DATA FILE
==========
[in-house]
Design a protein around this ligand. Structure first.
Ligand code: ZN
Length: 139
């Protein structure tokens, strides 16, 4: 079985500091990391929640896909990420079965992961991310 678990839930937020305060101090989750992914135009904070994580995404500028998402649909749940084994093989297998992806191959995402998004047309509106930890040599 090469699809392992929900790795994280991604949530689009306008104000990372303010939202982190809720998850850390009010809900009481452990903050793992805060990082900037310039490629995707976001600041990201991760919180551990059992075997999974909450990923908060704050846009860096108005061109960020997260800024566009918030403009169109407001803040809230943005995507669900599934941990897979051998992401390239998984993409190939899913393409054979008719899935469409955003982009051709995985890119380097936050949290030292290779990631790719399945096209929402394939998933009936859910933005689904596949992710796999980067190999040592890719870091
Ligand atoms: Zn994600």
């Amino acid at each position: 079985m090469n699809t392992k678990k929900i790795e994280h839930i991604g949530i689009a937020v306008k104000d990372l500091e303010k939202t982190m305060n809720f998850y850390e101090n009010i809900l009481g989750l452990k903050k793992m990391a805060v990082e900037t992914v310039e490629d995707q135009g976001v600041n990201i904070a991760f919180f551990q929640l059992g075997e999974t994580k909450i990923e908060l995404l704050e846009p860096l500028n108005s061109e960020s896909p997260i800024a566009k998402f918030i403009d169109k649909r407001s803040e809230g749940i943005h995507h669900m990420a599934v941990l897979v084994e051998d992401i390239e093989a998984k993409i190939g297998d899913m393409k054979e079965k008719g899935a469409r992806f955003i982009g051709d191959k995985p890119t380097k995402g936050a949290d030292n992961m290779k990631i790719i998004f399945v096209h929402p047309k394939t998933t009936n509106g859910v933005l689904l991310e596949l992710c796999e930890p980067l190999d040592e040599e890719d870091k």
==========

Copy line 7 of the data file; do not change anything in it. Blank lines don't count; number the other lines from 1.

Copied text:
């Amino acid at each position: 079985m090469n699809t392992k678990k929900i790795e994280h839930i991604g949530i689009a937020v306008k104000d990372l500091e303010k939202t982190m305060n809720f998850y850390e101090n009010i809900l009481g989750l452990k903050k793992m990391a805060v990082e900037t992914v310039e490629d995707q135009g976001v600041n990201i904070a991760f919180f551990q929640l059992g075997e999974t994580k909450i990923e908060l995404l704050e846009p860096l500028n108005s061109e960020s896909p997260i800024a566009k998402f918030i403009d169109k649909r407001s803040e809230g749940i943005h995507h669900m990420a599934v941990l897979v084994e051998d992401i390239e093989a998984k993409i190939g297998d899913m393409k054979e079965k008719g899935a469409r992806f955003i982009g051709d191959k995985p890119t380097k995402g936050a949290d030292n992961m290779k990631i790719i998004f399945v096209h929402p047309k394939t998933t009936n509106g859910v933005l689904l991310e596949l992710c796999e930890p980067l190999d040592e040599e890719d870091k």